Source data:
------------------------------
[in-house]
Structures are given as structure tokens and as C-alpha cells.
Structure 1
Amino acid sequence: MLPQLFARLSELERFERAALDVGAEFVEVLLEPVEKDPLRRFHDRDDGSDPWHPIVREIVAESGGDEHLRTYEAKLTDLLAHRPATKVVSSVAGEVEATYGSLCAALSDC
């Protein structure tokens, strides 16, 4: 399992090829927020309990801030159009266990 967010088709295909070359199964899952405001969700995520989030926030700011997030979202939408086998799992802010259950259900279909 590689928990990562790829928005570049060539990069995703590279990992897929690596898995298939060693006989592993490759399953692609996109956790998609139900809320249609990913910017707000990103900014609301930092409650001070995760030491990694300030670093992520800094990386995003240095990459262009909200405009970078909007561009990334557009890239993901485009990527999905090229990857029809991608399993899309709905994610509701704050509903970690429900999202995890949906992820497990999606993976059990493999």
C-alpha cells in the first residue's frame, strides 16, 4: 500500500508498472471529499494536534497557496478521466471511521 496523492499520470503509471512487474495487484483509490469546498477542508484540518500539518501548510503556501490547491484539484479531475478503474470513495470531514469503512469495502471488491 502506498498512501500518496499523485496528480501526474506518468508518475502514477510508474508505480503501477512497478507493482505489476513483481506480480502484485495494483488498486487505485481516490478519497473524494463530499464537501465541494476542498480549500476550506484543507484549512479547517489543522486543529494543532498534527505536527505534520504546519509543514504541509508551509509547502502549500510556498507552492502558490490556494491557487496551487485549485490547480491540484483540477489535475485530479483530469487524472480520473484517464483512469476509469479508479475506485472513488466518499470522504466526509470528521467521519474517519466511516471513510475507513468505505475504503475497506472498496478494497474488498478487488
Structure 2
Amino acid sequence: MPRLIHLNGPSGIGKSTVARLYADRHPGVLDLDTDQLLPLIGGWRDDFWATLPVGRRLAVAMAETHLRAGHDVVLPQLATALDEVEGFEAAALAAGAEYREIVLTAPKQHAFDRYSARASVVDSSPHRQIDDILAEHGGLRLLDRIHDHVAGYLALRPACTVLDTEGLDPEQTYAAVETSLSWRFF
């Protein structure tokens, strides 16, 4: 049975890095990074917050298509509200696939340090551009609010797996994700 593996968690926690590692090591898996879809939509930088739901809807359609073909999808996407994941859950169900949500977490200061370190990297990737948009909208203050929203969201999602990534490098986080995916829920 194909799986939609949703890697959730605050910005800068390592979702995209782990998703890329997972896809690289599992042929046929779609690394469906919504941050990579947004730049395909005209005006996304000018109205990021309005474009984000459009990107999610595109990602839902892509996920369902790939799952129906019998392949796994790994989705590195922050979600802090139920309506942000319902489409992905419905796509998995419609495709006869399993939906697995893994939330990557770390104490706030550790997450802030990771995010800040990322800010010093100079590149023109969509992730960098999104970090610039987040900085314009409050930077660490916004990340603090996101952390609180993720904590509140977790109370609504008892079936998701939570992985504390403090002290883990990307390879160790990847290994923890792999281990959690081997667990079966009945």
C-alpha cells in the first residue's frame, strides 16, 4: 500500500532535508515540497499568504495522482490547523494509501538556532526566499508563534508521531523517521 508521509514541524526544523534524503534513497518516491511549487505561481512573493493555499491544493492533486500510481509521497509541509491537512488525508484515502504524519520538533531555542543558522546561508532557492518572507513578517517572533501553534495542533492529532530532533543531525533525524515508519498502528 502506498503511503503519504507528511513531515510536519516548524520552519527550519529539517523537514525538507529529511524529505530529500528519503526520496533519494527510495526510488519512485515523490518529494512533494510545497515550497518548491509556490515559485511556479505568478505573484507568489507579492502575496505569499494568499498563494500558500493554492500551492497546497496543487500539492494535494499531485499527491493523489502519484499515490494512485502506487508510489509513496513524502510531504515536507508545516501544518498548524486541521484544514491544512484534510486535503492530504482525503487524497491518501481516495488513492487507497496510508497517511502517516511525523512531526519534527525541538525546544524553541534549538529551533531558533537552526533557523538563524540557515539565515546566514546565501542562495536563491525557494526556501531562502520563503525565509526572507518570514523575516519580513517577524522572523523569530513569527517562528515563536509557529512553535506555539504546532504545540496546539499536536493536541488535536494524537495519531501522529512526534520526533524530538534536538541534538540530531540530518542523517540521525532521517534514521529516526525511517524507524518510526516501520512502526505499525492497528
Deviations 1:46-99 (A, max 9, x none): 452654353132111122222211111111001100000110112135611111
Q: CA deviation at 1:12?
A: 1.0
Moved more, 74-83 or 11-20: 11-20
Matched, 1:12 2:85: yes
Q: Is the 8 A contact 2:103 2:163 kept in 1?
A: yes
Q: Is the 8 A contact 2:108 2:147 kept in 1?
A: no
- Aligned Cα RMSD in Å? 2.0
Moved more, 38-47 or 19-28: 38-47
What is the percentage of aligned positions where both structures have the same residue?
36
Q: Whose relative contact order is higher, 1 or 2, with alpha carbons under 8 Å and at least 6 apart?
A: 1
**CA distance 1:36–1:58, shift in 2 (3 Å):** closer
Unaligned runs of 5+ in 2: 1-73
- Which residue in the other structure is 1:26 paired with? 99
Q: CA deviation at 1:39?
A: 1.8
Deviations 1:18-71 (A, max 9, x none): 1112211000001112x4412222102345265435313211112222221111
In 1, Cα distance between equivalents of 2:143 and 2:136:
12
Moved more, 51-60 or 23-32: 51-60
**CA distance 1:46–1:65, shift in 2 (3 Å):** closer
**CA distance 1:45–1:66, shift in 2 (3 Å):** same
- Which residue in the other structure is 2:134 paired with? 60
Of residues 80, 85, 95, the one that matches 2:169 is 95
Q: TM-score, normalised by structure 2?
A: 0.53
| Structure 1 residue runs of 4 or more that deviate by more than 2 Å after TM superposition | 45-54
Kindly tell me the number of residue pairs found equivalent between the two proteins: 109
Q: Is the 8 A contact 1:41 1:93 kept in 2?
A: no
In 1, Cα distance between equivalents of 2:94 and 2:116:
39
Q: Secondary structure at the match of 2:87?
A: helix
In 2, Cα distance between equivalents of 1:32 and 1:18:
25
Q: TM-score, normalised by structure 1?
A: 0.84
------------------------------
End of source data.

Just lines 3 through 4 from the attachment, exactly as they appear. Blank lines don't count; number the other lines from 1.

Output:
Structure 1
Amino acid sequence: MLPQLFARLSELERFERAALDVGAEFVEVLLEPVEKDPLRRFHDRDDGSDPWHPIVREIVAESGGDEHLRTYEAKLTDLLAHRPATKVVSSVAGEVEATYGSLCAALSDC